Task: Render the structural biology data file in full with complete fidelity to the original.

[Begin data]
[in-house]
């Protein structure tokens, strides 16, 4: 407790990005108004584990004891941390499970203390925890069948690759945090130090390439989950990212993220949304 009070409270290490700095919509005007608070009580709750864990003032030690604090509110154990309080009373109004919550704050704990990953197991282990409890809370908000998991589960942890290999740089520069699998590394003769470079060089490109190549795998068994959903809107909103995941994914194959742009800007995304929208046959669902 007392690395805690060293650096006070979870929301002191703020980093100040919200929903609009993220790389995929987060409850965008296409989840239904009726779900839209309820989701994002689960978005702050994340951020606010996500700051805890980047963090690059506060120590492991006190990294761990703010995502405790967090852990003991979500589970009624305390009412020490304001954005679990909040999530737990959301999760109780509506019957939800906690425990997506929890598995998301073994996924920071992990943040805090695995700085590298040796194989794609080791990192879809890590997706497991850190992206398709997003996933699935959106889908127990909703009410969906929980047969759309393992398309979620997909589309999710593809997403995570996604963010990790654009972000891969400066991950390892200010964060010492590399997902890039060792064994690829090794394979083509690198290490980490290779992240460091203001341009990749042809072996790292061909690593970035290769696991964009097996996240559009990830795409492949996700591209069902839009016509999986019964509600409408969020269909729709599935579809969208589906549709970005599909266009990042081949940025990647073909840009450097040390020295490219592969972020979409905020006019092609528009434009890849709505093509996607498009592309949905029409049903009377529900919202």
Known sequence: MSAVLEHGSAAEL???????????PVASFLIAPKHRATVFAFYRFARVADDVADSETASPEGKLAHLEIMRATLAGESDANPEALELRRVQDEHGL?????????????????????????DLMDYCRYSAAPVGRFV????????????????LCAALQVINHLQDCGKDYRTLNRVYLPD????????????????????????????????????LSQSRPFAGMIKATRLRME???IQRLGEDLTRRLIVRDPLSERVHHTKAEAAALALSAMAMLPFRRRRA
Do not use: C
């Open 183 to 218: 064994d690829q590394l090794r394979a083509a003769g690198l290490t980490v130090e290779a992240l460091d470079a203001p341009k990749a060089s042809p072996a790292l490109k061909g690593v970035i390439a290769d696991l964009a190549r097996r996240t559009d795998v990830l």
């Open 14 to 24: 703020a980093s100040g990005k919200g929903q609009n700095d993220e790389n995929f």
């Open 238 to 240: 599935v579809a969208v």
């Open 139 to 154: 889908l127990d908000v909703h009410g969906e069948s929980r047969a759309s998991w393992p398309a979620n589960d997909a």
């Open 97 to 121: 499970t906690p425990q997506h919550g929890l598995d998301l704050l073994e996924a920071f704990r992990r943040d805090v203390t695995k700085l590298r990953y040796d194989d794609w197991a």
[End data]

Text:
[in-house]
């Protein structure tokens, strides 16, 4: 407790990005108004584990004891941390499970203390925890069948690759945090130090390439989950990212993220949304 009070409270290490700095919509005007608070009580709750864990003032030690604090509110154990309080009373109004919550704050704990990953197991282990409890809370908000998991589960942890290999740089520069699998590394003769470079060089490109190549795998068994959903809107909103995941994914194959742009800007995304929208046959669902 007392690395805690060293650096006070979870929301002191703020980093100040919200929903609009993220790389995929987060409850965008296409989840239904009726779900839209309820989701994002689960978005702050994340951020606010996500700051805890980047963090690059506060120590492991006190990294761990703010995502405790967090852990003991979500589970009624305390009412020490304001954005679990909040999530737990959301999760109780509506019957939800906690425990997506929890598995998301073994996924920071992990943040805090695995700085590298040796194989794609080791990192879809890590997706497991850190992206398709997003996933699935959106889908127990909703009410969906929980047969759309393992398309979620997909589309999710593809997403995570996604963010990790654009972000891969400066991950390892200010964060010492590399997902890039060792064994690829090794394979083509690198290490980490290779992240460091203001341009990749042809072996790292061909690593970035290769696991964009097996996240559009990830795409492949996700591209069902839009016509999986019964509600409408969020269909729709599935579809969208589906549709970005599909266009990042081949940025990647073909840009450097040390020295490219592969972020979409905020006019092609528009434009890849709505093509996607498009592309949905029409049903009377529900919202």
Known sequence: MSAVLEHGSAAEL???????????PVASFLIAPKHRATVFAFYRFARVADDVADSETASPEGKLAHLEIMRATLAGESDANPEALELRRVQDEHGL?????????????????????????DLMDYCRYSAAPVGRFV????????????????LCAALQVINHLQDCGKDYRTLNRVYLPD????????????????????????????????????LSQSRPFAGMIKATRLRME???IQRLGEDLTRRLIVRDPLSERVHHTKAEAAALALSAMAMLPFRRRRA
Do not use: C
């Open 183 to 218: 064994d690829q590394l090794r394979a083509a003769g690198l290490t980490v130090e290779a992240l460091d470079a203001p341009k990749a060089s042809p072996a790292l490109k061909g690593v970035i390439a290769d696991l964009a190549r097996r996240t559009d795998v990830l």
């Open 14 to 24: 703020a980093s100040g990005k919200g929903q609009n700095d993220e790389n995929f």
């Open 238 to 240: 599935v579809a969208v």
């Open 139 to 154: 889908l127990d908000v909703h009410g969906e069948s929980r047969a759309s998991w393992p398309a979620n589960d997909a």
């Open 97 to 121: 499970t906690p425990q997506h919550g929890l598995d998301l704050l073994e996924a920071f704990r992990r943040d805090v203390t695995k700085l590298r990953y040796d194989d794609w197991a």